Review: Phantasm III: Lord of the Dead (1994)

Crimson Quill’s Appraisal #785

Number of Views: One
Release Date: May 6, 1994
Sub-Genre: Supernatural
Country of Origin: United States
Budget: $2,500,000
Running Time: 91 minutes
Director: Don Coscarelli
Producer: Don Coscarelli
Screenplay: Don Coscarelli
Special Effects: Dean Gates, Mark Shostrom, Kevin McCarthy
Visual Effects: D. Kerry Prior
Cinematography: Chris Chomyn
Score: Fred Myrow, Christopher L. Stone
Editing: Norman Buckley
Studio: Starway International Inc.
Distributors: Universal Studios, Anchor Bay
Stars: Angus Scrimm, A. Michael Baldwin, Reggie Bannister, Bill Thornbury, Kevin Connors, Gloria Lynne Henry, Cindy Ambuehl, Brooks Gardner, John Davis Chandler, Claire Benedek, Sarah Scott Davis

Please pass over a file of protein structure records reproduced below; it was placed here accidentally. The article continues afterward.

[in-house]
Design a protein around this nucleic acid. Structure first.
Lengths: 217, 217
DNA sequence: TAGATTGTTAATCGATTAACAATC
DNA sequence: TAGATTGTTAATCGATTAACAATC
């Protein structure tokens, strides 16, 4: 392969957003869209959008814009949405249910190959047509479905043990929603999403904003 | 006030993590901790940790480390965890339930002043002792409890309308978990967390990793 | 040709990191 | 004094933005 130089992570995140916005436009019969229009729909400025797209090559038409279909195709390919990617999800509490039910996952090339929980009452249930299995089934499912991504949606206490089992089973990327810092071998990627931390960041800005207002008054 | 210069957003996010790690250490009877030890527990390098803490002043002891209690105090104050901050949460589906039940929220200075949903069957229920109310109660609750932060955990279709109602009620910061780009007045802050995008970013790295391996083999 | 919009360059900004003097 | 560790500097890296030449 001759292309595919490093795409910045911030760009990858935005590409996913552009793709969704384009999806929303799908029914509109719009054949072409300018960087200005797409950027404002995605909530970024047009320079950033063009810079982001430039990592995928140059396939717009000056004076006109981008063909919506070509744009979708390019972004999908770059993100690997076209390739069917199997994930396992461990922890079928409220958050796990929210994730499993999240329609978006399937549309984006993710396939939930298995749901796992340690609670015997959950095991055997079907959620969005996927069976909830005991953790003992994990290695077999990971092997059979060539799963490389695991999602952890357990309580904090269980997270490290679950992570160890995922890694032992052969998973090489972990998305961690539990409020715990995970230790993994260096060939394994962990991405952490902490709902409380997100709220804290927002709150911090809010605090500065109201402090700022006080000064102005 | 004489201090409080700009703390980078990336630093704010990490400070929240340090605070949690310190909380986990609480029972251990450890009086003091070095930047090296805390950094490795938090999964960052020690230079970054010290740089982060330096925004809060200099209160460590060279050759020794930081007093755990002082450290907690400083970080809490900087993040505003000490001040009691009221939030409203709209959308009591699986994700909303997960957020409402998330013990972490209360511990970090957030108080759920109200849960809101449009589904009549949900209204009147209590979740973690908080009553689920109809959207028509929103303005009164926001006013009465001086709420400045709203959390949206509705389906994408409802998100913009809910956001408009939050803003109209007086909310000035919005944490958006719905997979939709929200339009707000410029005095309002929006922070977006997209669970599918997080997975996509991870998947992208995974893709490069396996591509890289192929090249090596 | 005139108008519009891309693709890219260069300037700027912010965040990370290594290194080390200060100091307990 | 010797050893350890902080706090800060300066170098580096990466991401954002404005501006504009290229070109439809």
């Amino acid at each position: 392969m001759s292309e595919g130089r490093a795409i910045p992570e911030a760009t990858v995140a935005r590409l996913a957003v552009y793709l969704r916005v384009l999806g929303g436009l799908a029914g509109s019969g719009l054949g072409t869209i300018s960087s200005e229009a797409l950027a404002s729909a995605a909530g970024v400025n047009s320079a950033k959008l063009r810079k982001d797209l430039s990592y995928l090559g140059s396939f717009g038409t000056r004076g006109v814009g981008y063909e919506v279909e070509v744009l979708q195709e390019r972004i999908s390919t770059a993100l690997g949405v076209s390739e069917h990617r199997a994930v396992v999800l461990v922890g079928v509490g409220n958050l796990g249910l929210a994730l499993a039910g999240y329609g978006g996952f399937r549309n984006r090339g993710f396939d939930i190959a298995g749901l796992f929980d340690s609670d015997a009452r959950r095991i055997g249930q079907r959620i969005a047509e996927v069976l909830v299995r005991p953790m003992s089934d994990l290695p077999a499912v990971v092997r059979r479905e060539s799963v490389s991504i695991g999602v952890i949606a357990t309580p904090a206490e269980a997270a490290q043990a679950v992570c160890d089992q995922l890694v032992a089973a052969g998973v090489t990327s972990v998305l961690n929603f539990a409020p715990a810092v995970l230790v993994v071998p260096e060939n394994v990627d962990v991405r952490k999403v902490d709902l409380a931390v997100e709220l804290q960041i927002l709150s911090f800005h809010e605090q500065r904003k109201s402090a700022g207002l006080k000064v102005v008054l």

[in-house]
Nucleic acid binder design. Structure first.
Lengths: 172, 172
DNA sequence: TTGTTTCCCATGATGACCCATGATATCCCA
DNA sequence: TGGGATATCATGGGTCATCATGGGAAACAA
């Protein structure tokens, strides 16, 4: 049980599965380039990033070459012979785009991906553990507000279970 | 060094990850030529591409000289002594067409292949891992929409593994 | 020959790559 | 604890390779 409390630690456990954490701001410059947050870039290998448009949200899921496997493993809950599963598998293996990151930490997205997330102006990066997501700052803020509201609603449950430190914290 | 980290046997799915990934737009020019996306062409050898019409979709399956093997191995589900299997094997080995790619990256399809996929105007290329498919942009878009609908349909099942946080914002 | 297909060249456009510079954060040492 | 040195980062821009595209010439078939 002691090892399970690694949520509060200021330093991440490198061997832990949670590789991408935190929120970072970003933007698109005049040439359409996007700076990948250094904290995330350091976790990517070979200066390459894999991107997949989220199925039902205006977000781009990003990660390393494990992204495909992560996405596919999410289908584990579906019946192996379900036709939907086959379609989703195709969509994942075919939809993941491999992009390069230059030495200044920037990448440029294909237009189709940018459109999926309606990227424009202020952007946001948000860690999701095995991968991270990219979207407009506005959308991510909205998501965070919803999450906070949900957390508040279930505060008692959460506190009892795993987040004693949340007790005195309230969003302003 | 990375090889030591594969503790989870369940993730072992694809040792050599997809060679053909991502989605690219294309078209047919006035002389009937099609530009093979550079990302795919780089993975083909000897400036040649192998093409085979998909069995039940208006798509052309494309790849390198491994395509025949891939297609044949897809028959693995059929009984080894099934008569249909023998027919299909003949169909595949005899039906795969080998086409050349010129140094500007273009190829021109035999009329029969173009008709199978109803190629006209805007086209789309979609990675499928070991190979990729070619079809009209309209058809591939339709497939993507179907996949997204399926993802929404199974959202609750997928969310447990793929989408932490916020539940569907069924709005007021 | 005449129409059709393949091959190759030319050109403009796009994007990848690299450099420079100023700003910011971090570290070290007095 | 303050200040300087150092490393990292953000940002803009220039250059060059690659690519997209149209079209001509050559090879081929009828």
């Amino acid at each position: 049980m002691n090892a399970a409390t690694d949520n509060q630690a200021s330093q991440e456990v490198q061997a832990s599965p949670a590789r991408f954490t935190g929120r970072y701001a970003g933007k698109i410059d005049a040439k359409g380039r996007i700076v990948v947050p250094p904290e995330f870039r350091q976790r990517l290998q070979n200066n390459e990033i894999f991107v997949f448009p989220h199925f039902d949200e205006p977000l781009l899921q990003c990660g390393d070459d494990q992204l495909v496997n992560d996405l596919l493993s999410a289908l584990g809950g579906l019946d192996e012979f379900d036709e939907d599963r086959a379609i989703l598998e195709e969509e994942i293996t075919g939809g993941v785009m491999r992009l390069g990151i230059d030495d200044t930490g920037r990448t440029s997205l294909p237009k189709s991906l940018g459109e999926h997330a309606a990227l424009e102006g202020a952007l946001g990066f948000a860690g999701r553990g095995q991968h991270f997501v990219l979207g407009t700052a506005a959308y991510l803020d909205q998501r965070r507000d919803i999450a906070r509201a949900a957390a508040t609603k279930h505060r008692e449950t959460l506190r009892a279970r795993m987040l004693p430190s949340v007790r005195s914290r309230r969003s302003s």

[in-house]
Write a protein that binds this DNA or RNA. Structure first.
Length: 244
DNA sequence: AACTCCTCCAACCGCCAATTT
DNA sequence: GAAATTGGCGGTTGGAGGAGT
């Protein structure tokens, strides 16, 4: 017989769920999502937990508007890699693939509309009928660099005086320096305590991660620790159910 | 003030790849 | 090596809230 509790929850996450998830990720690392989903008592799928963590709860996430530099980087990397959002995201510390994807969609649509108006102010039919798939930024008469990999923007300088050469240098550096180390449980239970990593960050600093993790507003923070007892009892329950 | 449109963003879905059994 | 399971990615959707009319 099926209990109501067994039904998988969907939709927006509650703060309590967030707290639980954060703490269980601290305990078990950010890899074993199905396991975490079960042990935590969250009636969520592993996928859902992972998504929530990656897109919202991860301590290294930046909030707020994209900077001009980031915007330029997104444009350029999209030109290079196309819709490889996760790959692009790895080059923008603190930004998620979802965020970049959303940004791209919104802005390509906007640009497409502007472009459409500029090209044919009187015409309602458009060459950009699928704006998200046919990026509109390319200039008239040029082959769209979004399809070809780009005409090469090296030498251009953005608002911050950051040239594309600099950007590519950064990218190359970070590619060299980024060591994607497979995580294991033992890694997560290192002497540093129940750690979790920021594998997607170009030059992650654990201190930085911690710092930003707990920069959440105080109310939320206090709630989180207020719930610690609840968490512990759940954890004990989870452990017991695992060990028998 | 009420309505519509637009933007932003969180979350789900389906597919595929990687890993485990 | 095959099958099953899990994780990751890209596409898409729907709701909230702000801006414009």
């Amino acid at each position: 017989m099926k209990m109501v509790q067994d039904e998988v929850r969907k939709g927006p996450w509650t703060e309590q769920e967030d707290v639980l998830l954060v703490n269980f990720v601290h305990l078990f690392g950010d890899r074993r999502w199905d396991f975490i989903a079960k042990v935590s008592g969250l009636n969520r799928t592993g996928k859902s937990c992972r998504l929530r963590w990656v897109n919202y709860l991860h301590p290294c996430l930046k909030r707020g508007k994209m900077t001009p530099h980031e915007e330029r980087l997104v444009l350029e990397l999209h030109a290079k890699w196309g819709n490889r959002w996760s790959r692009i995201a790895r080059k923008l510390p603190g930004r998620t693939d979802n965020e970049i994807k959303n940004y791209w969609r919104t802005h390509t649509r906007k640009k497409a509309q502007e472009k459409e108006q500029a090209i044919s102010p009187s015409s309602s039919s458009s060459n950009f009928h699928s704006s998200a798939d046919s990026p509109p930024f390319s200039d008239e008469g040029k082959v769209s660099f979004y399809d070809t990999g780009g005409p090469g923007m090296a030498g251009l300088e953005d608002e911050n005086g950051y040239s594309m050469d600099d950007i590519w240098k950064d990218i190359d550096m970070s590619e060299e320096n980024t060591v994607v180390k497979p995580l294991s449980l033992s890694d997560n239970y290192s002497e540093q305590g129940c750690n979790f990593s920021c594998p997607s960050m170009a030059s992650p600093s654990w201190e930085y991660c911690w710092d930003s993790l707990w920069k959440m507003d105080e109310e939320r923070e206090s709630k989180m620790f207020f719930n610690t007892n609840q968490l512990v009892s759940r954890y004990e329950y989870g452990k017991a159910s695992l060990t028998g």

Suggested Audio Jukebox ♫

[1] HeadsnackPhantasm (Remix)”

[2] Captain Zorro “Phantasm”

[3] Fred Myrow & Christopher L. Stone “Phantasm III Theme”

Some folks are just better off together. Penn & Teller, Hall & Oates, Simon & Garfunkel, Cheech & Chong, Jay & Silent Bob, Mickey & Mallory, Bonnie & Clyde, Randall & Hopkirk, Tango & Cash, Murtaugh & Riggs, Taggart & Rosewood, Cagney & Lacey, Turner & Hooch, Mario & Luigi, Snoopy & Woodstock, Big Bird & Mr. Snuffleupagus – it would be inconceivable to imagine any one of the above without the other close in tow.

There are few things more disheartening than witnessing a well-oiled double act being dismantled for no good reason and that’s precisely what happened to Phantasm dream team Mike & Reggie in 1988. To be fair, the pair were very much present and correct. But while Reggie Bannister reprised his role as the middle-aged ice-cream vendor, A. Michael Baldwin was callously cast aside.